Friday, December 19

my flute, the closet, and i

lyshaeskro:  Appreciating the gift that I have. Love being able to express myself this way.

I’ve been spending time in the walk-in-robe this week.

When I was a young musician, I selected the room with the most echoes and delighted in the sound of my playing which filled every nook and cranny. The reverberance of our wooden floored home covered my flaws, and even a cracked note sung out with beautiful deception.

My first flute lesson at the VCA was conducted in my teacher’s brick office. Not only was it carpeted, but he had added panels of foam and carpet to the walls to dull the sound. There was nowhere for the sound to bounce and rebound. When I played a note, it stopped dead at the end of my lip plate – even my best notes sounded woeful, brittle, and a far cry from the sonority I enjoyed at home. It was all cardboard and no angels, and that was a shock. I was and am terrified of flute lessons, and the combination of nerves and a damp room made for humbling times. Humbling and sometimes tearful times.

I began to realise that I would best improve my sound by playing in the rooms which showed every crack, waver, and weakness. I learnt that to sound beautiful in a concert space, there must be many ugly hours in a damp room smoothing out every angle of the note.

This is why I have selected the closet for my practice space. I have a tall stool in my cubby, and lean my back against the shelves of clothes with despicable flute posture. Technically there is no reason for me not to play in my wet lounge room, to indulge in the sound now that I am no longer playing seriously. But I am a creature of habit and conviction, and I don’t want the lies of my lounge.

Our dog Wolfgang is extraordinarily musical in the howling way, and perhaps we shouldn’t have named him after such a prolific composer. His over powering accompaniment to even my tone exercises is another motivation to hide amongst my clothes in the dingy wardrobe.

This week I pulled my pure silver flute from its case, and in my dead nook, played some cardboard notes. I’d been asked to play Christmas Carols in Sunday’s service, and this required my lip muscles to remember. I invariably choose Paganini’s 24 Caprices for practice, and long notes. On Thursday night I headed for the two hour rehearsal and blew out some Silent Night.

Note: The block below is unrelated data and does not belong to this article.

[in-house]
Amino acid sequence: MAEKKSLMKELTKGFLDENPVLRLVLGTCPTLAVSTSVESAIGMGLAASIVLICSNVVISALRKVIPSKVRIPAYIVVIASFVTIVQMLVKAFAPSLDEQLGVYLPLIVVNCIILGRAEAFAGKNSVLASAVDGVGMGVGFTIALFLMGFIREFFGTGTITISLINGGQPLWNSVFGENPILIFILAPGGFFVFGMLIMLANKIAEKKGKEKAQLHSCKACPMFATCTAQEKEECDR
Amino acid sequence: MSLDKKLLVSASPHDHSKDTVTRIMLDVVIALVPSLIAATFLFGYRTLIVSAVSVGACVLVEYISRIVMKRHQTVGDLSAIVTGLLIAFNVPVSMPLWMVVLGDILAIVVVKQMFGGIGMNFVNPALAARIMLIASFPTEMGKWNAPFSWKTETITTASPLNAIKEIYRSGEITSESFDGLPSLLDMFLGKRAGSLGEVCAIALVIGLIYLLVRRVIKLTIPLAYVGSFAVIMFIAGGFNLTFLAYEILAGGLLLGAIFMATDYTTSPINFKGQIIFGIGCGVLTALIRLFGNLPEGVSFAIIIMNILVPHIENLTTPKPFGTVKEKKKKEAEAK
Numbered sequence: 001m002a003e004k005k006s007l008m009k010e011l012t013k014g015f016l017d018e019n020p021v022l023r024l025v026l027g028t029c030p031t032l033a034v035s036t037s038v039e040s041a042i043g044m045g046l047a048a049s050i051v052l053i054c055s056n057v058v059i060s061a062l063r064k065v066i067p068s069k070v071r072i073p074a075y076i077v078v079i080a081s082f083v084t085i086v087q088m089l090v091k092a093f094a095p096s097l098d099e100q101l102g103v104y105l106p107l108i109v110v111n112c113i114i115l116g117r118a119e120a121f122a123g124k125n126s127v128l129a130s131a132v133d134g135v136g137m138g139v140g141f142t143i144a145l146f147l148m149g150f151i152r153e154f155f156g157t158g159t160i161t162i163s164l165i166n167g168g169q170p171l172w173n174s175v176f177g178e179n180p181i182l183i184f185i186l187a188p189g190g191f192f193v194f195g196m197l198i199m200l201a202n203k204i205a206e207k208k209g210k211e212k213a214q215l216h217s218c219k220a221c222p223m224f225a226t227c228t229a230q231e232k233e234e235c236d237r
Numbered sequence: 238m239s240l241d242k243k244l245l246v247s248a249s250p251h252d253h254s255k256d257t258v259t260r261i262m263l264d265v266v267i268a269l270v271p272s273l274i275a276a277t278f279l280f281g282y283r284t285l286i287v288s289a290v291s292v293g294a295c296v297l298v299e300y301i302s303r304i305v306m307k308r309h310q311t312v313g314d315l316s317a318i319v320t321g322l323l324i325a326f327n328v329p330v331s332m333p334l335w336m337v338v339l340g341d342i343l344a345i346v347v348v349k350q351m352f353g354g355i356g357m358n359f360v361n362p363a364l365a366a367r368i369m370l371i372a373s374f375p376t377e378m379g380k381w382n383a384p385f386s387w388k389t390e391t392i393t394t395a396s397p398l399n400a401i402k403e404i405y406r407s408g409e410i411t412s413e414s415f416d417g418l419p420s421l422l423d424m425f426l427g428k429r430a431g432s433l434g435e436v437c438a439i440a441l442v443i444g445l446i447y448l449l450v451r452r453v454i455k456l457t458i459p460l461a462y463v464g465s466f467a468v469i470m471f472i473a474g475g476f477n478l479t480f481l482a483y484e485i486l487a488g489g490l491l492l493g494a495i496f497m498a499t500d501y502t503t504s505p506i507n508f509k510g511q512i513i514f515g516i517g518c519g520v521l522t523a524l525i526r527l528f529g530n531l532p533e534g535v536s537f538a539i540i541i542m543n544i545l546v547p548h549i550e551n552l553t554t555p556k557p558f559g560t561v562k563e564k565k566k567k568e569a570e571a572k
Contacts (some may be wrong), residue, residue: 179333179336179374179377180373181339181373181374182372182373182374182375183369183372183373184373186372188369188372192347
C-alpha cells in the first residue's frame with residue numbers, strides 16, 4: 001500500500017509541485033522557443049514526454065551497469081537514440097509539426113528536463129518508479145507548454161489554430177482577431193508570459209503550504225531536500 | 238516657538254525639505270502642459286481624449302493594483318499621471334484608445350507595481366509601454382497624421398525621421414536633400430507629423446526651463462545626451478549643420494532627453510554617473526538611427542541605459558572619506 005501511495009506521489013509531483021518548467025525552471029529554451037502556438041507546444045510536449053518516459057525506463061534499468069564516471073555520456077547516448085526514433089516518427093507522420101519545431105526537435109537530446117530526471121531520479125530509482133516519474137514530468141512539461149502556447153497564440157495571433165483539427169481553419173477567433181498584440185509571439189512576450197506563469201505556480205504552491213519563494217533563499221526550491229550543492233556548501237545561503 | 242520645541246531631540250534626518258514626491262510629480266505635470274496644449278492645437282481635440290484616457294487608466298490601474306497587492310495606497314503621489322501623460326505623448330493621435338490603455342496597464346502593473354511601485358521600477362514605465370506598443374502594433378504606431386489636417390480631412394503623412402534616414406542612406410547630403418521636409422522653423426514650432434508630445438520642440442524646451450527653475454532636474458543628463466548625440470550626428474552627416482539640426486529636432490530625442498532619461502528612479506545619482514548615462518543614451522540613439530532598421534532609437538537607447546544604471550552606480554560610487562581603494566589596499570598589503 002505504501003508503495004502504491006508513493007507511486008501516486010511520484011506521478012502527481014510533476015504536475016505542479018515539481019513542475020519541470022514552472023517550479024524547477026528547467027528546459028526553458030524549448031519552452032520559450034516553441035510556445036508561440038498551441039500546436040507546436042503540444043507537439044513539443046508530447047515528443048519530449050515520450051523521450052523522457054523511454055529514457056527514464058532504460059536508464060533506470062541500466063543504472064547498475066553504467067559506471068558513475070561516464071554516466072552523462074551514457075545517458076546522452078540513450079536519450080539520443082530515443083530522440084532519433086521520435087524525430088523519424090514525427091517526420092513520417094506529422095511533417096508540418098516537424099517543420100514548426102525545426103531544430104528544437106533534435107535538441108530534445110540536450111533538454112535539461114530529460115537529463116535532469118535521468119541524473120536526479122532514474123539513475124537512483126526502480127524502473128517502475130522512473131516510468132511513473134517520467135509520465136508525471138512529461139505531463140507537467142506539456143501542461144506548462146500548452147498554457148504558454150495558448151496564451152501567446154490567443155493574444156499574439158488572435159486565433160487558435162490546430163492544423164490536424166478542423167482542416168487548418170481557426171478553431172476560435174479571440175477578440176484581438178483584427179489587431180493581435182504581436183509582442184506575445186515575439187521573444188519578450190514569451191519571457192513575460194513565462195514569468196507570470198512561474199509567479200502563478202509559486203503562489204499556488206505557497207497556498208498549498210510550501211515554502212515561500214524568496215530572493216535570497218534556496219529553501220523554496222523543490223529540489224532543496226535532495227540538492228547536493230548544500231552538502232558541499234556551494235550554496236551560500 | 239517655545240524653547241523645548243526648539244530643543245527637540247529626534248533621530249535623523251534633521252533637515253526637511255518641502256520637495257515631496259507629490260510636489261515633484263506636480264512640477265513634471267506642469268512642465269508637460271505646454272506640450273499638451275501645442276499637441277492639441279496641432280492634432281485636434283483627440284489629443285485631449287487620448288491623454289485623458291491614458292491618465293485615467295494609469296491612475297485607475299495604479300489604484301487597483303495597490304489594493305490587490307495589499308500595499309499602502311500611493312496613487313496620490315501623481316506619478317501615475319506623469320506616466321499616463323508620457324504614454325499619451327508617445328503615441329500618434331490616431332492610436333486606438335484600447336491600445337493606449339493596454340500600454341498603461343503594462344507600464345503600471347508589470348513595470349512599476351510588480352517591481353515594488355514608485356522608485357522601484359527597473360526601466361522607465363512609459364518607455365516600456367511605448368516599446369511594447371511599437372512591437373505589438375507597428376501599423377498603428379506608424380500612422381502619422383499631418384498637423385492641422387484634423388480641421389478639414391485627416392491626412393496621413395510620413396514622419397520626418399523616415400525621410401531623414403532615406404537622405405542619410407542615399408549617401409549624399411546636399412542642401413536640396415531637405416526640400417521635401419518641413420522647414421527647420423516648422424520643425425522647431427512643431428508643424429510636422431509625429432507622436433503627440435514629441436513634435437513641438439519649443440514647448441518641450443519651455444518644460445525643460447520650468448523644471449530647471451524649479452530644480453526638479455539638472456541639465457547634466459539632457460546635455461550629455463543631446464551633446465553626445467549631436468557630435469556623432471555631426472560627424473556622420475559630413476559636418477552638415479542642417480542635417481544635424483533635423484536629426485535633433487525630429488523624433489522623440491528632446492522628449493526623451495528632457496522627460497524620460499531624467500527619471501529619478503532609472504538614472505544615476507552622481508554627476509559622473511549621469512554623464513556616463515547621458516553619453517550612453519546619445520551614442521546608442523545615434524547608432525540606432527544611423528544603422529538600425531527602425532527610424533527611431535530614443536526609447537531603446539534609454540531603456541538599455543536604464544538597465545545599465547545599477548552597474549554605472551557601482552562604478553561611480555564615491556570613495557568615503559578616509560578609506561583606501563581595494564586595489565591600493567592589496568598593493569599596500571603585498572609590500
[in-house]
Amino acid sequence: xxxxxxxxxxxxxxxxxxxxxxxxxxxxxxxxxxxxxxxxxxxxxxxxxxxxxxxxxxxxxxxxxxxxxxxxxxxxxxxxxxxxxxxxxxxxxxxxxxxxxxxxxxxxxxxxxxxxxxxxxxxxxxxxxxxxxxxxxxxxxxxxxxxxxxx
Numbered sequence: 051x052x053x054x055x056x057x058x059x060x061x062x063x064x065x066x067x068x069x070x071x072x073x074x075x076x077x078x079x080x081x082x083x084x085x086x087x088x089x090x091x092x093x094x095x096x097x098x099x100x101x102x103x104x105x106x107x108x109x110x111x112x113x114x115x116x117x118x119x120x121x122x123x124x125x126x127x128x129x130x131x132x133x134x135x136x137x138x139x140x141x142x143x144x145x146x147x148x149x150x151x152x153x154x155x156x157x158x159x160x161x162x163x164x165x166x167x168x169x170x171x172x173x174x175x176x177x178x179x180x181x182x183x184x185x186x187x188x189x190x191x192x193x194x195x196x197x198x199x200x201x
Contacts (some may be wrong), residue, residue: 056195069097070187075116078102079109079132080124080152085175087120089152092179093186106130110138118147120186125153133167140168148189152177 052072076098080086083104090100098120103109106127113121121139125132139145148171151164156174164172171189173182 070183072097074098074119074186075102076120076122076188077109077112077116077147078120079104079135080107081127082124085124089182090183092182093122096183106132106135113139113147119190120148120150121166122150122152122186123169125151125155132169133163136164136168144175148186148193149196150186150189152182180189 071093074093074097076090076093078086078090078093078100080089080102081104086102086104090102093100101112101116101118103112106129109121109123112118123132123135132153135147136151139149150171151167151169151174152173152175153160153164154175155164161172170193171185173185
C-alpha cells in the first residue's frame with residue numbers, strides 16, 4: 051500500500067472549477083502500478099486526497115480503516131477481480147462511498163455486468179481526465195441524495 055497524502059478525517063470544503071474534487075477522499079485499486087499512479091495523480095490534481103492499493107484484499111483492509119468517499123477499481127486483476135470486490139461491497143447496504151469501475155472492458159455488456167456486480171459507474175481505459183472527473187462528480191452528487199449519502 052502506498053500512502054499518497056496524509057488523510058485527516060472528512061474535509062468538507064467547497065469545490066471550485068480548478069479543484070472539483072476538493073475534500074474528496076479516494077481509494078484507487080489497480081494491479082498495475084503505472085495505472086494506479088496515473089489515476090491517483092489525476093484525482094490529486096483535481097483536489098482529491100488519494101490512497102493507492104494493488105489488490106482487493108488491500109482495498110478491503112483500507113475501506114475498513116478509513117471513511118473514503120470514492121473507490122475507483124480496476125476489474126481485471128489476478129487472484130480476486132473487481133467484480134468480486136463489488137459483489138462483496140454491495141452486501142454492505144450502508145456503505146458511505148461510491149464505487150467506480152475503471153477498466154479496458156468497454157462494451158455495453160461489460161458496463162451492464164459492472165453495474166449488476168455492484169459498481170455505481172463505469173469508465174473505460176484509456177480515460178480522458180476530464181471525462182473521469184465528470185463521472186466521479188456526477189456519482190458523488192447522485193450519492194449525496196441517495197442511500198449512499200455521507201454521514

The muscles in my shoulders and neck began to ache early in the rehearsal. They only ever began to kick up a fuss when I got chronic fatigue syndrome. They ache right up into my head, and produce this dull endless headache on the right side. When I came home, I got my heat pack, and Ben gave me a tough massage, and applied Chinese Medicine heat patches. The next day, the pain is established and unrelenting. There will be more massages, and more heat patches, and then there will be the actual service which will flare up the discomfort even more. And all the while there is a never ending headache.

I look at my flute, and I hear my Paganini, and I want to play for hours. My love has not faded, it cannot fade.

Ten minutes is enough to set my muscles into pain. My love hasn’t faded, but my body has rejected this occupation. I feel deep emotions in my practice room, whenever I pick up my instrument, as I try to find the peace in my skills slipping away from me. As I try to understand the purpose that those years of practice played in my life.

I think about the idea that it isn’t so much a flute, but a life tool which taught me and developed me. It cannot be lost to me, when it shaped me. Perhaps it was the thing that taught me that slow, often depressing plodding is the only and best way forward. From dull repetition and dry days can come the most beautiful things.  

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